What concerns me the most is that cigarette companies target youth purposely so they can continue to make a profit as they grow up. As part of Youth Policy Leaders at BACR, I’ve been able to gain more knowledge on the impact of smoking, specifically in San Francisco; not just in adults, but also adolescents through surveys, research, and media. As a Youth Policy Leader our main focus has been on smoke-free housing to limit people from smoking in buildings. Bringing awareness of the effects of cigarette use has been just one way in which I have been able to spread our concerns on the issue, impacting not just adults but youth as well.

More than 1,000 people die each day from smoking cigarettes, meaning that the companies need to find new people to make up for those deaths. A few policies aim to control the inflation, but the percentage of deaths because of this issue is still at large. It’s time to pay attention to the negative effects cigarettes have citywide. We must tackle the problem by creating smoke-free housing in our communities.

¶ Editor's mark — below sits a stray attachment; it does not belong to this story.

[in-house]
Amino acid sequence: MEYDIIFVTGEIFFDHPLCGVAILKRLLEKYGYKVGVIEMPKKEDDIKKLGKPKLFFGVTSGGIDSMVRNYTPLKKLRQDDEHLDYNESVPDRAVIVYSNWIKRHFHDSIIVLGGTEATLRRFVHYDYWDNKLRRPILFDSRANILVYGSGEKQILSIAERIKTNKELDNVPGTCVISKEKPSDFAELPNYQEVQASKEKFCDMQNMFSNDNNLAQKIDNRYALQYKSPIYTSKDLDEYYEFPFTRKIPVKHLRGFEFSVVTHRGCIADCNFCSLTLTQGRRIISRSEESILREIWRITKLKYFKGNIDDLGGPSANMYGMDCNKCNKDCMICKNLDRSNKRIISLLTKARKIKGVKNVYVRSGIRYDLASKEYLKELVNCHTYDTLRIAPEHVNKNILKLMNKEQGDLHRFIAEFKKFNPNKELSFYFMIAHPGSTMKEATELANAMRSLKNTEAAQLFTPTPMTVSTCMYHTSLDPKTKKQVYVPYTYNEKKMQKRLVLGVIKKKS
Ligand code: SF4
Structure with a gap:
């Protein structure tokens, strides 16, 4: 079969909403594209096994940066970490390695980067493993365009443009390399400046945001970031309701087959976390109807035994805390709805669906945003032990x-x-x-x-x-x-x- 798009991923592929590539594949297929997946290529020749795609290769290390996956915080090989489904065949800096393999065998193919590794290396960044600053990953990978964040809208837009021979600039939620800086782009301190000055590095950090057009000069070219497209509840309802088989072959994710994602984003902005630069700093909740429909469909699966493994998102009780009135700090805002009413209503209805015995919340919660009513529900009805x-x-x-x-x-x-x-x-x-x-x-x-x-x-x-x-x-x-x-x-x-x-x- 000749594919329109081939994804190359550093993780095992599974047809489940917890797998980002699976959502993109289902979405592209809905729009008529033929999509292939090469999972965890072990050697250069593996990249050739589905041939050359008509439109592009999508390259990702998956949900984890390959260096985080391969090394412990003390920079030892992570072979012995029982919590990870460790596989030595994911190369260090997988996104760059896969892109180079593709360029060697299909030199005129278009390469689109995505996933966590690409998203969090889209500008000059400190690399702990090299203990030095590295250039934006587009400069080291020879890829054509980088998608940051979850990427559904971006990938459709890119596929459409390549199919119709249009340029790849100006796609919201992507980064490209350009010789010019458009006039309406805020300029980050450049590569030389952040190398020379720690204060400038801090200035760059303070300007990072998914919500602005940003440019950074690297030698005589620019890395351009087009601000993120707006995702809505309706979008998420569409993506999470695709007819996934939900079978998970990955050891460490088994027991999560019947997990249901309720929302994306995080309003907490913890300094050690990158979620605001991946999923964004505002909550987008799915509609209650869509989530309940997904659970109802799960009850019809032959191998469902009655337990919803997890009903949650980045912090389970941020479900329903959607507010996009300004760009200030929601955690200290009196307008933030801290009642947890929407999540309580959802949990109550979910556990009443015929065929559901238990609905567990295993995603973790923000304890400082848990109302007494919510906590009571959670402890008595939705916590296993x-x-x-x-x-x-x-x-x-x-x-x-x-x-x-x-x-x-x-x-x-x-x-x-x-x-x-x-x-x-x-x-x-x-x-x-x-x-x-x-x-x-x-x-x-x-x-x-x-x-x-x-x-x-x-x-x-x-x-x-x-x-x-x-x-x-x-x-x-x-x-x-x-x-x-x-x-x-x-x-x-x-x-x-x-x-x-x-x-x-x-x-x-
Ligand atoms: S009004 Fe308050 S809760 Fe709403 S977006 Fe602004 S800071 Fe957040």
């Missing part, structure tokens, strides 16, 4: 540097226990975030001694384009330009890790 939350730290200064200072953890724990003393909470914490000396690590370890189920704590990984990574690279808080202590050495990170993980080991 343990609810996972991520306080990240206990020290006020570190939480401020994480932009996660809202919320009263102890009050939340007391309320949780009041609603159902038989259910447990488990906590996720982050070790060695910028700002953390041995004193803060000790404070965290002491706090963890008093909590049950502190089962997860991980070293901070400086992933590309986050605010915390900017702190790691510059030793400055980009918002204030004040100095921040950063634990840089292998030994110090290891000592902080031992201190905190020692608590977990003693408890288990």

So how can we make a difference? Landlords, please adopt a smoke-free policy for your building. If you’ve already done this, let us know and we will advertise your building in our San Francisco smoke-free housing directory.
Tenants, speak up about this issue. When you speak, not only are you protecting yourself, but also your neighbors. Ask a smoker to smoke outside.

Sincerely,
Maria Isabel Brenna Milan


Since it’s lung cancer awareness month, we should acknowledge that smoking in multi-unit housing needs to stop. As a San Franciscan living in Visitation Valley, I’ve noticed people smoking more than usual. It’s apparent when I walk down my street; I can smell smoke as I make my way to school. At my friend’s house, I see a cloud floating above the young ones. The effects of smoking may not be visible now, but in a couple years, you’ll notice you can’t do the things that you use to be able to do. Smoking in apartment buildings is a problem that many innocent people in the city face due to inefficient laws.